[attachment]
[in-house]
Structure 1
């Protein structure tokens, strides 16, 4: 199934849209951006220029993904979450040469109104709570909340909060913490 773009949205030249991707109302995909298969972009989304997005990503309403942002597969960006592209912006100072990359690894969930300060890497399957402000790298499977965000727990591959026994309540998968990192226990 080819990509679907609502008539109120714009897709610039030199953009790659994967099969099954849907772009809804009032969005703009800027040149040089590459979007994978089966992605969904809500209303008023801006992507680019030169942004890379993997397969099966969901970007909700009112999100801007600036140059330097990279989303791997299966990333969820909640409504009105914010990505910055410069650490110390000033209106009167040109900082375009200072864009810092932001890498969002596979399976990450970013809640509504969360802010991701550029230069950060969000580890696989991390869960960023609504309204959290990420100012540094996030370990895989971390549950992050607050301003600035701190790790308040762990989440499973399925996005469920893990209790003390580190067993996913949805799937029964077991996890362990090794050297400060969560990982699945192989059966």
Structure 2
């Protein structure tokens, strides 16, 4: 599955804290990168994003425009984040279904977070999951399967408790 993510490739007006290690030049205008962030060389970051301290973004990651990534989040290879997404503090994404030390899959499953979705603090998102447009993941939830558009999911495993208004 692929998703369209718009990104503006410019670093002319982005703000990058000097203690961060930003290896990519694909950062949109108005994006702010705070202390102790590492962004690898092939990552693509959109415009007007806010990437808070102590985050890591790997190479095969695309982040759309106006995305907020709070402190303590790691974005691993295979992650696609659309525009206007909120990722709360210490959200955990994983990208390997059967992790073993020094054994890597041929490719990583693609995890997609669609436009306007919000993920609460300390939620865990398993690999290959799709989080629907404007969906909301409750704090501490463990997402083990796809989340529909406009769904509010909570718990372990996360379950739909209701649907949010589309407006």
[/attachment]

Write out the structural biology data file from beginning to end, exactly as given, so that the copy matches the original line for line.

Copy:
[in-house]
Structure 1
């Protein structure tokens, strides 16, 4: 199934849209951006220029993904979450040469109104709570909340909060913490 773009949205030249991707109302995909298969972009989304997005990503309403942002597969960006592209912006100072990359690894969930300060890497399957402000790298499977965000727990591959026994309540998968990192226990 080819990509679907609502008539109120714009897709610039030199953009790659994967099969099954849907772009809804009032969005703009800027040149040089590459979007994978089966992605969904809500209303008023801006992507680019030169942004890379993997397969099966969901970007909700009112999100801007600036140059330097990279989303791997299966990333969820909640409504009105914010990505910055410069650490110390000033209106009167040109900082375009200072864009810092932001890498969002596979399976990450970013809640509504969360802010991701550029230069950060969000580890696989991390869960960023609504309204959290990420100012540094996030370990895989971390549950992050607050301003600035701190790790308040762990989440499973399925996005469920893990209790003390580190067993996913949805799937029964077991996890362990090794050297400060969560990982699945192989059966």
Structure 2
């Protein structure tokens, strides 16, 4: 599955804290990168994003425009984040279904977070999951399967408790 993510490739007006290690030049205008962030060389970051301290973004990651990534989040290879997404503090994404030390899959499953979705603090998102447009993941939830558009999911495993208004 692929998703369209718009990104503006410019670093002319982005703000990058000097203690961060930003290896990519694909950062949109108005994006702010705070202390102790590492962004690898092939990552693509959109415009007007806010990437808070102590985050890591790997190479095969695309982040759309106006995305907020709070402190303590790691974005691993295979992650696609659309525009206007909120990722709360210490959200955990994983990208390997059967992790073993020094054994890597041929490719990583693609995890997609669609436009306007919000993920609460300390939620865990398993690999290959799709989080629907404007969906909301409750704090501490463990997402083990796809989340529909406009769904509010909570718990372990996360379950739909209701649907949010589309407006």